Also, join OPUS. It’s where I met my husband (Andrew Bode-Lang ’99). No joke!

Favorite book read recently or in college?

Hope introduced me to the poetry of Li-Young Lee, Jane Hirschfield, and Louise Glück. And I still remember Dreaming in Cuban by Cristina Garcia from a Latino studies class with Jesse Montaño.

Thanks for checking back in with Hope English, Katie! We can’t wait to read the next book, and hope we’ll hear a bit more toddler poetry.

Hello! We’ve Got Some Catching Up to Do

At the end of Spring semester, the last exam lets out. Students scatter to all parts of Michigan, the country, and the world. Meanwhile, the professors gather canned goods and bottled water, select their favorite classroom, turn off the lights, and slip under a desk to hibernate for the summer.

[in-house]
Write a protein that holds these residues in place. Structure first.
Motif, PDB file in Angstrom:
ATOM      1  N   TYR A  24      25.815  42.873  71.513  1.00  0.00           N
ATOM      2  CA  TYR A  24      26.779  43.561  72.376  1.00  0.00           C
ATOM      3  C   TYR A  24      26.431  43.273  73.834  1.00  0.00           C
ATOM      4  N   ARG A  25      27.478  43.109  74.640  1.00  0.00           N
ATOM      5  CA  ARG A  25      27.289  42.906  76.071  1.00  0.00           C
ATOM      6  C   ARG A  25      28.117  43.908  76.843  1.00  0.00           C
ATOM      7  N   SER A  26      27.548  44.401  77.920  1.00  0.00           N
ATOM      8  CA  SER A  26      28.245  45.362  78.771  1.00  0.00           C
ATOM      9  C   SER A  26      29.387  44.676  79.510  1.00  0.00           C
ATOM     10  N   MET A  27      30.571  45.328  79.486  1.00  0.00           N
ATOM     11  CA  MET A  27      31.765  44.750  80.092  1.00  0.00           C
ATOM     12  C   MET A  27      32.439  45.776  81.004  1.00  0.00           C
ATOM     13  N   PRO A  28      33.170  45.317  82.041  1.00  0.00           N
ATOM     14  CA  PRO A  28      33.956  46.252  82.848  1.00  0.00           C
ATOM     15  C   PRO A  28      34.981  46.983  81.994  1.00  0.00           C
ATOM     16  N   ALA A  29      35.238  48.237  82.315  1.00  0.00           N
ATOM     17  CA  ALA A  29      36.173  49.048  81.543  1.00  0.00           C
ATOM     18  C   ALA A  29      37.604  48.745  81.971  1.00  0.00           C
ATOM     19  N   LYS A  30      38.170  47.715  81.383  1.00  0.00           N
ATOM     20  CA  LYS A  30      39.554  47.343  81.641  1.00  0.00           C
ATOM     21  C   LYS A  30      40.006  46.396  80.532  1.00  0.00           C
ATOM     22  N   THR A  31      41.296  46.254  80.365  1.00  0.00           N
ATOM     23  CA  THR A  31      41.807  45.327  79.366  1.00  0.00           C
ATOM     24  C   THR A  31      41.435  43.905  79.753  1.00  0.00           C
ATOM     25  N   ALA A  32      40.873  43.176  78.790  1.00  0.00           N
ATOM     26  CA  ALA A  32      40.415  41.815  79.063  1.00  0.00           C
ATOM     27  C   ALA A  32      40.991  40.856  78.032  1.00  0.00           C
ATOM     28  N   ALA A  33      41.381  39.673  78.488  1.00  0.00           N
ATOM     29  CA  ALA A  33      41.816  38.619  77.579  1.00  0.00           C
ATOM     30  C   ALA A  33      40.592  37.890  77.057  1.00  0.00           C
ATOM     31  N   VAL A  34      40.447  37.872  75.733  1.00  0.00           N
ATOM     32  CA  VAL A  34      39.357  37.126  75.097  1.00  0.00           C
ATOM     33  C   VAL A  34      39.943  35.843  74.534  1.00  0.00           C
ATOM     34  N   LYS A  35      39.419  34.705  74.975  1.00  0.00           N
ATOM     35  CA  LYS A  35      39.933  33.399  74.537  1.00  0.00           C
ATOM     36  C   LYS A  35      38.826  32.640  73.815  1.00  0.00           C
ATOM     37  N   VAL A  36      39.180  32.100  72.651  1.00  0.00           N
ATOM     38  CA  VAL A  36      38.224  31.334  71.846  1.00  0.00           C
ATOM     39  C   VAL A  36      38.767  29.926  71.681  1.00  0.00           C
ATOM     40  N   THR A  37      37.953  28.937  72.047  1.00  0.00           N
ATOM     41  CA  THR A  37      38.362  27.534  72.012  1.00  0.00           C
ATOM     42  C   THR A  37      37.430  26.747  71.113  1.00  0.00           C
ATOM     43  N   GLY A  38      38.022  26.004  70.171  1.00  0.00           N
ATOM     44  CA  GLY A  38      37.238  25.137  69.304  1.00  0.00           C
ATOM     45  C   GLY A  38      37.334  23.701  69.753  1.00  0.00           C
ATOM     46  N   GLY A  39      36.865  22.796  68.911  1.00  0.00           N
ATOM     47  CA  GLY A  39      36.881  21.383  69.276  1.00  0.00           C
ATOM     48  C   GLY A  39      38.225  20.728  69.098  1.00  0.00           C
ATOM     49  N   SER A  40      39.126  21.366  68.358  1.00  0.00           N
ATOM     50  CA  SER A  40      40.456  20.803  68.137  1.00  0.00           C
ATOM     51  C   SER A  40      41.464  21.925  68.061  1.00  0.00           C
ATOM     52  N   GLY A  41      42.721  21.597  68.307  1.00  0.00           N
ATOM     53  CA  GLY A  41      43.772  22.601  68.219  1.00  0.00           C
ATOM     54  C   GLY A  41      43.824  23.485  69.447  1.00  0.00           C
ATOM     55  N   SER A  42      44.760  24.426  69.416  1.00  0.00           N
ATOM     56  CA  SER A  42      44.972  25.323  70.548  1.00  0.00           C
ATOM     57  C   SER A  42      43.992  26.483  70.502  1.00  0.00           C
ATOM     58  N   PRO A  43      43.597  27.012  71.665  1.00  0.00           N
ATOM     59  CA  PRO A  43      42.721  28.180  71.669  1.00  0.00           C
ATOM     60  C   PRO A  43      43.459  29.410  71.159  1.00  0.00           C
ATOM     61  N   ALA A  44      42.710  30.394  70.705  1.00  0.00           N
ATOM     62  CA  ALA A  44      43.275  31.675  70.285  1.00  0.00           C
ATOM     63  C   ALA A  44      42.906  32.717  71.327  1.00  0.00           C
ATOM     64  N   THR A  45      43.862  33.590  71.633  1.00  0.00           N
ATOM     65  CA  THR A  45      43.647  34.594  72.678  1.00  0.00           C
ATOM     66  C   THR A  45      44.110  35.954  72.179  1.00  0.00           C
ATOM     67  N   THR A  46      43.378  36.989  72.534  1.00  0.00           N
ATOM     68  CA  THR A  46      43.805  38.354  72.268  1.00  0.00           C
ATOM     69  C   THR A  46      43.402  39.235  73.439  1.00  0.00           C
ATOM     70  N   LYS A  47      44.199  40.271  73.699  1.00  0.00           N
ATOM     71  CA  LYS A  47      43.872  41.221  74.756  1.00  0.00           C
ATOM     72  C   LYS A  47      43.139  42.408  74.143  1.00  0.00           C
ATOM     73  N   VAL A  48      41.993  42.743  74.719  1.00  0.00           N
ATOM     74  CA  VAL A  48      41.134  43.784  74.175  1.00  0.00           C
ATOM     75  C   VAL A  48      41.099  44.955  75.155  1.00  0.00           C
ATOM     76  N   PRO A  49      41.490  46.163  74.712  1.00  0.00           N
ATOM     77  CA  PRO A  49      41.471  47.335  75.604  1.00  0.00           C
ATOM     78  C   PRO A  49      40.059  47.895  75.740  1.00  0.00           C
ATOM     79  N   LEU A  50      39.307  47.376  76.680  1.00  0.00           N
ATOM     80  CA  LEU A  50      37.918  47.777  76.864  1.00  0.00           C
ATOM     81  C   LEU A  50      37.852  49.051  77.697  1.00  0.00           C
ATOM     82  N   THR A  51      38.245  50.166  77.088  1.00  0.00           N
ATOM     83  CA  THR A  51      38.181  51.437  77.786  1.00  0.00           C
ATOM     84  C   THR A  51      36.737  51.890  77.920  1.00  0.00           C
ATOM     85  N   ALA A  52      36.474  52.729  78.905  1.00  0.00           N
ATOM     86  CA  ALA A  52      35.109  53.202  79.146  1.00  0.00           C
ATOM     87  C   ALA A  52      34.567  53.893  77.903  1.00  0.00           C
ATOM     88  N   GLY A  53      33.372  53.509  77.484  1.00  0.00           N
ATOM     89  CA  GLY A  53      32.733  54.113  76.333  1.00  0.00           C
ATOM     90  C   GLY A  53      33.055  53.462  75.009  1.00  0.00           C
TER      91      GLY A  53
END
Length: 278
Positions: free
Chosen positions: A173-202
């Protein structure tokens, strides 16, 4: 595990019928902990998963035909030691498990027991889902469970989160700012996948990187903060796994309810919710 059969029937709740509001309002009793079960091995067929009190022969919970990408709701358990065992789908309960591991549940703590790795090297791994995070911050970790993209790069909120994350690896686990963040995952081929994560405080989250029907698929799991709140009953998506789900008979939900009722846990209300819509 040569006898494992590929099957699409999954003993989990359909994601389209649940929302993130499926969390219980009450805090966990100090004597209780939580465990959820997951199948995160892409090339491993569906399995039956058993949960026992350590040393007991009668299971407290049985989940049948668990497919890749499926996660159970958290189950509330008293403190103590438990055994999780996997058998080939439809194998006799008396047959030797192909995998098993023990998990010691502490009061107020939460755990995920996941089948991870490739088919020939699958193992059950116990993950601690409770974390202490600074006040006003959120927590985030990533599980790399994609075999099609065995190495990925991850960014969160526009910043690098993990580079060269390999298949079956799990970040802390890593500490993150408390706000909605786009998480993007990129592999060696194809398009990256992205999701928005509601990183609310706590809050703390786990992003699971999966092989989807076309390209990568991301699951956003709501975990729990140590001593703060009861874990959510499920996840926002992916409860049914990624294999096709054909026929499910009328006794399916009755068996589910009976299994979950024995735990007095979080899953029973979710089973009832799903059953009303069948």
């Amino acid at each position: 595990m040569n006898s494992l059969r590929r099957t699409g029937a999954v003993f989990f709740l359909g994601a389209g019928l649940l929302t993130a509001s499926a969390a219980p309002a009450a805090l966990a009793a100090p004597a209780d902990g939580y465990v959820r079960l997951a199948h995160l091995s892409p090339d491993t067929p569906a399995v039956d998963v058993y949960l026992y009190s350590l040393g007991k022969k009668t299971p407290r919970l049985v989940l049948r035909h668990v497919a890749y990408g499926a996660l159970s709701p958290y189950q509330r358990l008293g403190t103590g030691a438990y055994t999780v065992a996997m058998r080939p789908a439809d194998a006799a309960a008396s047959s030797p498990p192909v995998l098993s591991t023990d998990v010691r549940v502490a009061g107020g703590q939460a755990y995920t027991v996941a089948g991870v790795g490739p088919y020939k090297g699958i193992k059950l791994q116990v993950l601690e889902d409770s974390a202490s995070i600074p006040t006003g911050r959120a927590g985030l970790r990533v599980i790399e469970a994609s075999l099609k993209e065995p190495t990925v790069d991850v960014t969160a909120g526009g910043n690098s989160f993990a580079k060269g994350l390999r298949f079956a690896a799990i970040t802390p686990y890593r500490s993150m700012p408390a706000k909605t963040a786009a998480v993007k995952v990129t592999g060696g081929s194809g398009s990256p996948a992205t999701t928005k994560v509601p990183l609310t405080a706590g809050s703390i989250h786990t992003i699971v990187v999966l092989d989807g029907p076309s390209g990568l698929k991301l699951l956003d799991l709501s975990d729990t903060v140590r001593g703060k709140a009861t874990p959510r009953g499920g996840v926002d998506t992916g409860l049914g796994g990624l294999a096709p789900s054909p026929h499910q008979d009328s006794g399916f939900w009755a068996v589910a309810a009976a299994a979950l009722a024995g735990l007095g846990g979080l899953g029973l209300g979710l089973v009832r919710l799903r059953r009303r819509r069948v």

Wait… can that be right?

Welcome back, returning Hope students! Welcome, first-years! The English department is delighted to see you, and we’d love to hear what you did on your summer vacation — though we promise not to make you to write an essay with that title. Here’s a glimpse into what some of us did with ours!

Over the summer, Dr. Kendra Parker completed her manuscript, She Bites Back: Black Female Vampires in African American Women’s Novels, 1977-2011, and the book is expected to be released in December 2018.
← Here’s a partial sneak peek of the book’s cover image. We can’t wait for She Bites Back to come out!

* * *